Scattered among a grove of cork and olive trees, the 56 private suites that make up Évora's new Ecorkhotel give travelers the opportunity to experience a contemporary and eco-minded lifestyle. Designed by architect José Carlos Cruz, the architecture is a refreshing reminder of Portugal's traditional whitewashed plaster structures re-worked with a purist twist by balancing elements of simple form with nature. To relate the building to it's surroundings, Cruz outfitted the entire exterior of the main building with recycled cork cladding, a 100% natural product harvested by hand from the native cork oak - making the Ecork the first and only hotel in the world with this feature.
The town of Évora is a UNESCOWorld Heritage Site, due to its rich history and well-preserved old town center. Évora is still mostly enclosed by ancient medieval walls, and houses a large number of monuments dating from various historical periods, including a Roman Temple. As the world has deemed this nearby land universally important, the realization of the Ecorkhotel was created with respect for the local history and consideration for nature.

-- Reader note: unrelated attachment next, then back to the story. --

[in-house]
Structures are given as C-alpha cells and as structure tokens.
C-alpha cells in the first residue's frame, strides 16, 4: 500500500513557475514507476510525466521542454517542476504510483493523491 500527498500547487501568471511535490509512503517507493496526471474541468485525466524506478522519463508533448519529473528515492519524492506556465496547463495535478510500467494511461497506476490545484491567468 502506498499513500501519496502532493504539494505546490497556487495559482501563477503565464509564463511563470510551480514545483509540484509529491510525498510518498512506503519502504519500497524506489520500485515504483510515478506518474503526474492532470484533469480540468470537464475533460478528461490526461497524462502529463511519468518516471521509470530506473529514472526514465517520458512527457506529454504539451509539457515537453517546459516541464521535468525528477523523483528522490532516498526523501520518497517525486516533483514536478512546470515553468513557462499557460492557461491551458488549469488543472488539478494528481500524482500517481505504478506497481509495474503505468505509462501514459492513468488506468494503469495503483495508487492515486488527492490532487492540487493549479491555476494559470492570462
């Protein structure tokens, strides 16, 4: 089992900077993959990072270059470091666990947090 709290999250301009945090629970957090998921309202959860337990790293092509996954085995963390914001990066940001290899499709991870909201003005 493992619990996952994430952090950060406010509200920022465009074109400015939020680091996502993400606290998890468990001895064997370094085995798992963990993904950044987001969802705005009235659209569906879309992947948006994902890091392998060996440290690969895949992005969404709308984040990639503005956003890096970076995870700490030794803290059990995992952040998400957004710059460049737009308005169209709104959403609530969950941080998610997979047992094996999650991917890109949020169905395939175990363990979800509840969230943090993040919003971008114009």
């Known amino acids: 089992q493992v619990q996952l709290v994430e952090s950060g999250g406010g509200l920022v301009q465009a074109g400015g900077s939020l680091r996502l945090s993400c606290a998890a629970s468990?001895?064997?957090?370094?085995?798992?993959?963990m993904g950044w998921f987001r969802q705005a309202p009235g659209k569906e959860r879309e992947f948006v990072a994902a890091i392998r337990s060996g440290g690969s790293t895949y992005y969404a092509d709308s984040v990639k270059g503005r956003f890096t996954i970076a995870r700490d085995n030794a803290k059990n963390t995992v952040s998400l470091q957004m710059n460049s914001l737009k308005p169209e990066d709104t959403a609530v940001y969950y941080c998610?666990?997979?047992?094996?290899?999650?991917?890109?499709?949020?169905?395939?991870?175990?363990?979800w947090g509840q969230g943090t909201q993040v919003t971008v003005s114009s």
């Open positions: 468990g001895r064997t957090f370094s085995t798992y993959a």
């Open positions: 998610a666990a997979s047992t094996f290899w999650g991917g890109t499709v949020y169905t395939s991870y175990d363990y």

The hotel was designed with maximum energy efficiency in mind, using geothermal and solar energy to heat and cool 56 villa suites. In addition to the geothermal and solar technology, eco-minded materials such as cork wrap the exterior of the main building, working as a thermic and acoustic isolator.
To mimic the twelve acres of rolling hills that the hotel is situated on, the architect designed large rolling curves that hang over the hallway that leads in and out of the main building.
A gridded pathway of yellow bricks directs hotel guests through rows of connected boxy white villas, each with a small kitchen and private terrace, flat screen television, and eco-friendly linens.
The walls of the hotel's courtyard and the villa terrace partitions have rows of cut-out shapes that cause interesting shadows throughout the day, and double as a glowing lantern in an ancient forest at night.
The Ecorkspa has five treatment rooms, four being for private purposes and another room for couples treatments, the indoor swimming pool, a Turkish bath, and a sauna. The spa also features a relaxation room with a Chromotherapy device, where trained chromotherapists claim to be able to use light in the form of color to balance "energy" wherever a person's body be lacking, whether it be on physical, emotional, spiritual, or mental levels.